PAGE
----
Thursday, April 3, 2008

Canary in the Coal Mine? Foreclosures in the news

While Chicago is not suffering the mortgage crisis as painfully as residents of the Coasts, Florida and Las Vegas, more and more foreclosure news has been creeping into the news lately. 

A roundup of foreclosures in the news in the last month:

March 3 Crain's Chicago Business

Foreclosure flu spreads:  14,250 foreclosures in 2007, a 46% increase over 2006. 

Northwest Side neighborhoods like Albany Park, Logan Square and Portage park saw their numbers more than double, according to a new report provided to Crain's ahead of it's scheduled release.

Those areas drew newcomers in large numbers in recent years as first-time buyers sought affordable alternatives to pricier city neighborhoods like Lincoln Park, Lincoln Square and Lakeview.

Tower builder tie-up: Related Companies and Magellan discuss a combo as two major projects falter.

Talks to combine two of the Chicago area's largest developers come at a critical time for Related Midwest LLC.  The luxury condominium developer is struggling with a slow sales start at its two newest projects and has been without a president.

Related Midwest LLC developments include:

  • 340 on the Park - already completed
  • Canyon Ranch Living - planning
  • Pestigo - Planning
  • Roosevelt Square - Under construction

Magellan Development is currently building several high rises at Lakeshore East on the New East Side.

Decline seen in apartment sales

Sales of Chicago-area apartment buildings could drop 30% this year, to $1.08 billion, from a record breaking 2007,  according to a report from CB Richard Ellis, Inc.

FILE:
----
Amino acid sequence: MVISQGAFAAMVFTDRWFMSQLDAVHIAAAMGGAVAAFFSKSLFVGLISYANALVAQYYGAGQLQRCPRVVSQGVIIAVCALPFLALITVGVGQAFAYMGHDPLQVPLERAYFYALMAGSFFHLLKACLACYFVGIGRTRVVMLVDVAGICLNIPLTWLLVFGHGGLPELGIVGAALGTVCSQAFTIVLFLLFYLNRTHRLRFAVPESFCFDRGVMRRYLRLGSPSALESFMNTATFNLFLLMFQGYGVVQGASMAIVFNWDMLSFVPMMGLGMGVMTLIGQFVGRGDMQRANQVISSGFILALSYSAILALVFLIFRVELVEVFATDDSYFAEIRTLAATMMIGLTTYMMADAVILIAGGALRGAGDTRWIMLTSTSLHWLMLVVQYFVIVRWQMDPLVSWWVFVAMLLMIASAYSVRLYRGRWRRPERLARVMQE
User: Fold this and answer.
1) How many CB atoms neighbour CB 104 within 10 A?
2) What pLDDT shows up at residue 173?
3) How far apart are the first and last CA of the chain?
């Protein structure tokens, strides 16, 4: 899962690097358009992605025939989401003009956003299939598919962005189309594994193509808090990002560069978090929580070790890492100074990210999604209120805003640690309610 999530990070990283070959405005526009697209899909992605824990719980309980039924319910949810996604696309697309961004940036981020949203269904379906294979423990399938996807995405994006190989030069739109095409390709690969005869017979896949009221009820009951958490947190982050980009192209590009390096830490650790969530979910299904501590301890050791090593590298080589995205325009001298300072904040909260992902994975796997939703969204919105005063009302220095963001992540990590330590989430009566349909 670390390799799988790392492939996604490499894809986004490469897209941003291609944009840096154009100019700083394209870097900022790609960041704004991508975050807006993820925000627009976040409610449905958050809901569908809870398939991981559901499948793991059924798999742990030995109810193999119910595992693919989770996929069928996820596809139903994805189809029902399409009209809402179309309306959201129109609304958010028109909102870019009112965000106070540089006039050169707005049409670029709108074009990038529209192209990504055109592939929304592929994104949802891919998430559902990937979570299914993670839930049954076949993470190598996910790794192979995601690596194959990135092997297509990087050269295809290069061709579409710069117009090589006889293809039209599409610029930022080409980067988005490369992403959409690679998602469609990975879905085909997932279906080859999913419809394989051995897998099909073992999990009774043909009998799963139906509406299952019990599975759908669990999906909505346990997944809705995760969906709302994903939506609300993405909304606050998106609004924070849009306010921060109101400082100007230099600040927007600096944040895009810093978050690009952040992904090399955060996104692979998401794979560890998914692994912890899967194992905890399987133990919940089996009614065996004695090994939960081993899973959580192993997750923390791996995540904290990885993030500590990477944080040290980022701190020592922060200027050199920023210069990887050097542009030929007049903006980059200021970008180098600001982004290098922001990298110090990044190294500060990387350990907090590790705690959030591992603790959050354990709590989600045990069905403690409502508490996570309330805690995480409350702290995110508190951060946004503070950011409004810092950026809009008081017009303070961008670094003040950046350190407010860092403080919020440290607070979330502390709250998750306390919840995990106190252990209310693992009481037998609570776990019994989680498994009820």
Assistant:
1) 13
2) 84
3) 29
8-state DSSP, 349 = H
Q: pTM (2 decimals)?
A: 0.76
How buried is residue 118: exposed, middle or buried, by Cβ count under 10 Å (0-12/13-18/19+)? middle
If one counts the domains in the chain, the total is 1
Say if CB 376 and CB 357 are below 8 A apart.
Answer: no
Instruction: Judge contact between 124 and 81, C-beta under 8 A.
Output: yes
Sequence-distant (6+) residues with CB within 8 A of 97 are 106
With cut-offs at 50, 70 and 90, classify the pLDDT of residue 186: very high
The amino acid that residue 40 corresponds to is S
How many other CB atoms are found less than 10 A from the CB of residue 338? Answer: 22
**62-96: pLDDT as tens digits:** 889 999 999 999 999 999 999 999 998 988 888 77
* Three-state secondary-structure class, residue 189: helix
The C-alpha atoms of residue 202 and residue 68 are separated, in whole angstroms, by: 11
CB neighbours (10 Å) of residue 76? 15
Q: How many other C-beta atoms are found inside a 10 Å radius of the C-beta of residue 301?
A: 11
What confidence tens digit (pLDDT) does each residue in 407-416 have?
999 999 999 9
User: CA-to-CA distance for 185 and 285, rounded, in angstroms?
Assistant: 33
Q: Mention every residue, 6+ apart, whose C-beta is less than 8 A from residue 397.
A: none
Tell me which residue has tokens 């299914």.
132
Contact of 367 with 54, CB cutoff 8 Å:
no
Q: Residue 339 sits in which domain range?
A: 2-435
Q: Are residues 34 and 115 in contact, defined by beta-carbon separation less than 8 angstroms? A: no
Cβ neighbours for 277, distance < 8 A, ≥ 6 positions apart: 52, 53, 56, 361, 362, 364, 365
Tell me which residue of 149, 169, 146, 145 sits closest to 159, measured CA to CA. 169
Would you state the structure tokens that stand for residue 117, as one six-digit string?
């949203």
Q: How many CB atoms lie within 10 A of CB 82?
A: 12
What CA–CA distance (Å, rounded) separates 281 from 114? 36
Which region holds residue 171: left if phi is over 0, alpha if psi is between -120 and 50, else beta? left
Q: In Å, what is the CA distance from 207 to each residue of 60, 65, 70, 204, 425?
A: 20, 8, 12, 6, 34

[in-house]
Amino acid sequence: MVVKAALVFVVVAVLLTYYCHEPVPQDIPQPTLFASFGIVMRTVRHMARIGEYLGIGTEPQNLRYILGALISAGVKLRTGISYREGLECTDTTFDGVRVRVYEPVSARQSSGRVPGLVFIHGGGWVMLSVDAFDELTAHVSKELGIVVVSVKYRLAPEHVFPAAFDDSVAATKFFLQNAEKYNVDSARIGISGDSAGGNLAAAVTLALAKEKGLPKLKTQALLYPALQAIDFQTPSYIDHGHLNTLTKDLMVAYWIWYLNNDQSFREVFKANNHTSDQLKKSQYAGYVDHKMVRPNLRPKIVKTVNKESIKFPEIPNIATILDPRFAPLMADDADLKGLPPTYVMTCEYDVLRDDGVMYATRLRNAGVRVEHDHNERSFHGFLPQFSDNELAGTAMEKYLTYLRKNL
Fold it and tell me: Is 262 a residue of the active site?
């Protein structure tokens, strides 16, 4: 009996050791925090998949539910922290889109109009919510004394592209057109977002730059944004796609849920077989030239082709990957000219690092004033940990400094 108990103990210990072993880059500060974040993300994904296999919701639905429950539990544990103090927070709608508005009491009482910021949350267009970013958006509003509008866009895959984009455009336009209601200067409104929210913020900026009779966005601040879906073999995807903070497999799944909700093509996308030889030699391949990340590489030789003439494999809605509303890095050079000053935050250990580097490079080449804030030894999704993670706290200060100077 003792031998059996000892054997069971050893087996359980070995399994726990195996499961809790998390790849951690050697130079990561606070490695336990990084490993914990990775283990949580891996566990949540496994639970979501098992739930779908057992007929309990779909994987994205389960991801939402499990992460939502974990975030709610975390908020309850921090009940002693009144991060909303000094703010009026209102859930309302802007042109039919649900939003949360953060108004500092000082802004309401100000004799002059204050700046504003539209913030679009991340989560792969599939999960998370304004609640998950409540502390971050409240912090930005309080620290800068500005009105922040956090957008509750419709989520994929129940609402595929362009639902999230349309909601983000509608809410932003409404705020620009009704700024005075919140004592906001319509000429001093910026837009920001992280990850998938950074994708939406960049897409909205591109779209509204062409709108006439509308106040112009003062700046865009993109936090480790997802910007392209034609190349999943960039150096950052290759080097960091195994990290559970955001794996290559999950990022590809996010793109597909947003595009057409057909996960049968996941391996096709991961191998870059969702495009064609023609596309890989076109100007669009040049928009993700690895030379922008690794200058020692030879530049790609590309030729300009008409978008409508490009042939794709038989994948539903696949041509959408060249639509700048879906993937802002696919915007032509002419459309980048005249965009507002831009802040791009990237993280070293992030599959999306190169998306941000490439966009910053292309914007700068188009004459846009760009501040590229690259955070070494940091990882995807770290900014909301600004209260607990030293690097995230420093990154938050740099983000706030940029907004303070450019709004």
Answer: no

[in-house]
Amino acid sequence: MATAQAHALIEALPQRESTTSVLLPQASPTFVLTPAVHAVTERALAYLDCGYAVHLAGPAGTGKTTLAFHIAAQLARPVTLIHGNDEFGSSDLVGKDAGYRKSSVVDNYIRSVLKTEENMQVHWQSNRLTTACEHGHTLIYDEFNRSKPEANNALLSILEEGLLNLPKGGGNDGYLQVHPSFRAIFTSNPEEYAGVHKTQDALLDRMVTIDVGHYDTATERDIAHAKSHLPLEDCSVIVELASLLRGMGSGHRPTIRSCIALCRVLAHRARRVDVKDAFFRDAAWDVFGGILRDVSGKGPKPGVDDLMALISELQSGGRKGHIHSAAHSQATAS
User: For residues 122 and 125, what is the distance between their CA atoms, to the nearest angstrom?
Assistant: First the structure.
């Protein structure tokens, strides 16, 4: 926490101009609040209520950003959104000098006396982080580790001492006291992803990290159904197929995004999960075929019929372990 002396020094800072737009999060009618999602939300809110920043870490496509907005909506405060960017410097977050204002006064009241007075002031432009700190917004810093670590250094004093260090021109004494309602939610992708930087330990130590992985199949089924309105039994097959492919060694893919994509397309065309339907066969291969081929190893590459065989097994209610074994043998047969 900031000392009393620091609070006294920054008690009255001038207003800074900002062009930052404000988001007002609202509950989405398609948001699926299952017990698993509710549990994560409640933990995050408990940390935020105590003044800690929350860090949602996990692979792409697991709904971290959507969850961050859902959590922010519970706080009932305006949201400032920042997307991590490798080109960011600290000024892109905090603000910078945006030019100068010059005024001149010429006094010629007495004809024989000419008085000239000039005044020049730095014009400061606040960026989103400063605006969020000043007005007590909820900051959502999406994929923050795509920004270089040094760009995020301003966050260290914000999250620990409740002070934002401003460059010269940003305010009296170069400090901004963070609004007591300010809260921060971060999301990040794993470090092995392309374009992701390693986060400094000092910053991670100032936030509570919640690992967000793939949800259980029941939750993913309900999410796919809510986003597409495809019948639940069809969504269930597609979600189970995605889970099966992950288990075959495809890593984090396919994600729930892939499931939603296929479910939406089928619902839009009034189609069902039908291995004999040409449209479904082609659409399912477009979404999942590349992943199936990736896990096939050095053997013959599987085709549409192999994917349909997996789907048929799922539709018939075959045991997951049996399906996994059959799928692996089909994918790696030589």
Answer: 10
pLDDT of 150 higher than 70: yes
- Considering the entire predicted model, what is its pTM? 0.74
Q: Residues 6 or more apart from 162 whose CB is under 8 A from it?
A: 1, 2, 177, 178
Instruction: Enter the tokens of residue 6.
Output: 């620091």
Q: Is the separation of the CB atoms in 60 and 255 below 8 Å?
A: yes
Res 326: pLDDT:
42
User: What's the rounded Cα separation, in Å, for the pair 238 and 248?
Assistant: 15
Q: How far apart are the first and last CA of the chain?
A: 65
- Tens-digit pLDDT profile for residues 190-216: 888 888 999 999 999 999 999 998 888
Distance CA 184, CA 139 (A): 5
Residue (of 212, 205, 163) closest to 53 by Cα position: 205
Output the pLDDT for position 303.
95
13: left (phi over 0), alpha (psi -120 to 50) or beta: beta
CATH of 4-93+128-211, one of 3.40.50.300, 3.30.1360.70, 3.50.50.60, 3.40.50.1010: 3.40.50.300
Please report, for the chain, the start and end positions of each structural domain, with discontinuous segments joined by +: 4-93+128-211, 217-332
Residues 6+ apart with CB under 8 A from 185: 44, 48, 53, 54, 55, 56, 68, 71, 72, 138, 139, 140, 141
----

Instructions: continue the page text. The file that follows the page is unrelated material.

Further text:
Signs of the slowdown were evident late last year, a time when sales activity typically spikes as investors hurry to complete deals before yearend.  But only 42% of the Chicago deals close din the second half of last year, as opposed to 69% in the last 6 months of 2005, the previous record year when sales totaled $1.89-billion.

March 10 Crain's Chicago Business

TheSterling A Sterling example of condo Bust:  Foreclosures, falling prices: a bad omen?

Over the past three years, lenders have filed 95 foreclosure suits, accounting for about $40-million in loans, on condominiums in the 389-unit high-rise, fueling a big drop in condo values throughout the building.

The tower represents a worst-case scenario in a downtown condo market that is weak but so far hasn't seen the falling prices and rising foreclosures that have afflicted once-hot markets like South Florida.  The real test for condo owners will come over the next two years, when downtown developers are expected to complete more than 10,000 condo's, an unprecedented jump in supply.

A nice building in a superior location seems an unlikely victim of rampant foreclosures, but artificially propped up prices along with developer incentives may have played a part in its unfortunate predicament.

American Invsco Corp attracted a lot of investors with incentives such as two years of free taxes, two years of free assessments, and artificially propped up cash flow.  One incentive offered to make up the difference between the rent and the mortgage + tax + assessment payments for a two year period. 

It was too good to be true for some buyers.  As the incentives wore off, many buyers saw their monthly payments soar to unsustainable levels.

A trickle of foreclosures in 2004 grew to a flood in the next three years.  Nearly 1/3 of foreclosures involve owners with multiple units in the building.

An American Invsco spokesman blames the Sterling's troubles on the depressed market:  "It has nothing to do with our program."

In more stable neighborhoods where the inventory supply is more limited and there is not as much speculation, the number of foreclosure epidemic seems quite limited.  In the Lakeview neighborhood, for example, only had 126 foreclosures, but this represented a 94% increase from 2006. 

It's interesting to watch the tale of two cities developing right inside the borders of Chicago.